There were many lessons learned from the recent one-year drought; the most obvious being the realization that our water supplies in Texas really are a limited resource. Sure, all children learn water is a finite resource in school, but it’s still a concept that cannot be fully appreciated without observing bone dry river beds, reservoirs with more beach than water and millions of dead trees state-wide that simply couldn’t manage to survive the heat and lack of rain.

Since the majority of the state’s cities and water providers imposed restrictions on outdoor watering as the drought progressed, most Texans witnessed lawns and gardens slowly wither away as water supply was reserved for basic, every day needs such as washing, bathing and drinking.

Now that recent rains have allowed the state to begin to recover from last summer’s devastation, all Texans are faced with the challenge of breaking away from the “we’ve always done it this way” attitude and learning from a hard experience.

Though the Brazos River Authority is a major water provider for the basin, the organization's Central Office headquarters did not escape the drought unscathed. As outdoor watering restrictions increased, the Authority began taking a good look at their own back yard.

“We began with an audit of our landscape watering practices,” said Jim Forte, an Authority manager. “We took a good look at how we water and the type of landscaping we use; and frankly, we realized that we could do a better job.”

Built in 2001, the Authority’s Central Office headquarters sits on 11 acres of land in a residential area of Waco. Like many businesses, the organization worked with a professional landscape firm to install and maintain the building’s landscape. Though the design was pleasing to the eye, it wasn’t especially water-wise.

“The planting around the building was designed under an entirely different set of values than those we need to practice under today,” Forte said. “That attitude is now changing.”

Authority staff analyzed the frequency and length of time the property was watered and soon determined a significant reduction in the amount of water would still maintain the landscape. The volume output of each sprinkler zone was measured and scaled back. The number of sprinkler heads was dramatically decreased throughout the property and now irrigate only the areas closest to the building.

Crews replaced the sprayer-type sprinkler heads positioned around trees with drip irrigators that cut down on the amount of water lost to evaporation by applying it directly to the soil next to the tree.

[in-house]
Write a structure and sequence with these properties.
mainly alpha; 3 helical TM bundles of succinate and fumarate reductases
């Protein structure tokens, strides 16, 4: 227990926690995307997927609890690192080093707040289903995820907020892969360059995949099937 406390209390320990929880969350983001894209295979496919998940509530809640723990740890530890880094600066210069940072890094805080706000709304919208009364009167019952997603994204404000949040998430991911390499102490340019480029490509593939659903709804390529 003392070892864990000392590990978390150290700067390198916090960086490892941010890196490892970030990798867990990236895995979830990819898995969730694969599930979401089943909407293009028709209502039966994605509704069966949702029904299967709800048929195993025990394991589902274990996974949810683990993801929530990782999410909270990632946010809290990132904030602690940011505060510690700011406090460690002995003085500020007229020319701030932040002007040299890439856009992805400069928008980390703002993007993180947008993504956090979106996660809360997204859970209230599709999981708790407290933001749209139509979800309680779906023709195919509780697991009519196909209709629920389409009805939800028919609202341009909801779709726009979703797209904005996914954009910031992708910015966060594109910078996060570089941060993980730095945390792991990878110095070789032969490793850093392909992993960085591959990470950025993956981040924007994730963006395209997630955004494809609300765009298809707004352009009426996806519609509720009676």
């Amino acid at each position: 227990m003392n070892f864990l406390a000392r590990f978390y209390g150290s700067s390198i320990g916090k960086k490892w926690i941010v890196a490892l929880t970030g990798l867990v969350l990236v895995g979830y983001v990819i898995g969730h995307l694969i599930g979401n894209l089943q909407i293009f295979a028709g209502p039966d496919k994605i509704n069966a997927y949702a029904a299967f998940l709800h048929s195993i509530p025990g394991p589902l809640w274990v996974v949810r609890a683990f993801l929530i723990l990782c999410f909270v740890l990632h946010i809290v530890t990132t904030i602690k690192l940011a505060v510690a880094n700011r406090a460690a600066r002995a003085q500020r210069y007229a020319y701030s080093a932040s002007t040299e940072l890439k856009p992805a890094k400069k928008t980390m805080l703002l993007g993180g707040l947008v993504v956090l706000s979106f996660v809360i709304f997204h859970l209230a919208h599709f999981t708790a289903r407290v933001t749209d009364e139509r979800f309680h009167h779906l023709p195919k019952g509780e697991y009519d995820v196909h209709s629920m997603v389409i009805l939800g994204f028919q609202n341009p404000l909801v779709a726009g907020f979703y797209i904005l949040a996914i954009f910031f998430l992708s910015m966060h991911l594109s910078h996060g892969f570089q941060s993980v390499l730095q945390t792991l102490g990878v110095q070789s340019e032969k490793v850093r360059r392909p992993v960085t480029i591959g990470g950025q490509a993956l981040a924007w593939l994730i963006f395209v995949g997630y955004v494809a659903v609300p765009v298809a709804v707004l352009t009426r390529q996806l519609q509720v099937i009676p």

Over the last several months these changes have allowed the Authority to reduce irrigation water use to about 62 percent of the amount previously used over a five-year average. Additional efforts in the planning stages could lead to even more savings.

“We have been able to shave off peak water use and bring down the average, even though we have been going through an unprecedented drought,” said Don Perkins, Brazos River Authority project development analyst.

Over the next several months the Authority plans to reduce irrigation water use further by replacing much of the current landscaping with native and more drought tolerant plants. Varieties of grasses, shrubs, trees and flowering plants that require less water and are better suited for Texas’ climate will be planted this spring.

Once the entire changeover to a more water-wise landscape is complete, Authority staff hopes to decrease water use to about 40 percent of the amount previously needed for irrigation.

Each of the steps taken by the Authority to become more water-wise can be adapted for use by individuals for their homes.

First, determine how much water the lawn requires. The AgriLife Extension Service has developed on online calculator that will help calculate the amount of water needed by a lawn within a 10th of an inch. The calculator allows people to plug in specific information about their area. It uses weather data from 30 automated scientific weather stations around the state taking into account the type of grass, amount of sunlight and other factors before determining the number of inches of water needed to sustain a lawn. To use the online calculator, please click here.

Individuals can also save water by examining where their lawn sprinklers spray. Any water that goes onto sidewalks or the street is wasted. Replacing sprinklers with drip irrigation systems around plants and trees or in gardens will also make a big difference. A wide variety of such systems can be found at most lawn and garden centers.

Finally, using drought-tolerant native plants, or xeriscaping, can further ease water use. Such plants are widely available and information about them can be found online. The AgriLife Extension has a Web page dedicated to the topic. It provides information about a wide variety of plants including numerous suggestions that will help make the switch to water-wise plants successful. You can find the page here. The Brazos River Authority also has a bounty of information about water conservation and xeriscaping at this link.

With the variety of plants and tools at our disposal, keeping a beautiful, water-wise landscape and lawn is a breeze.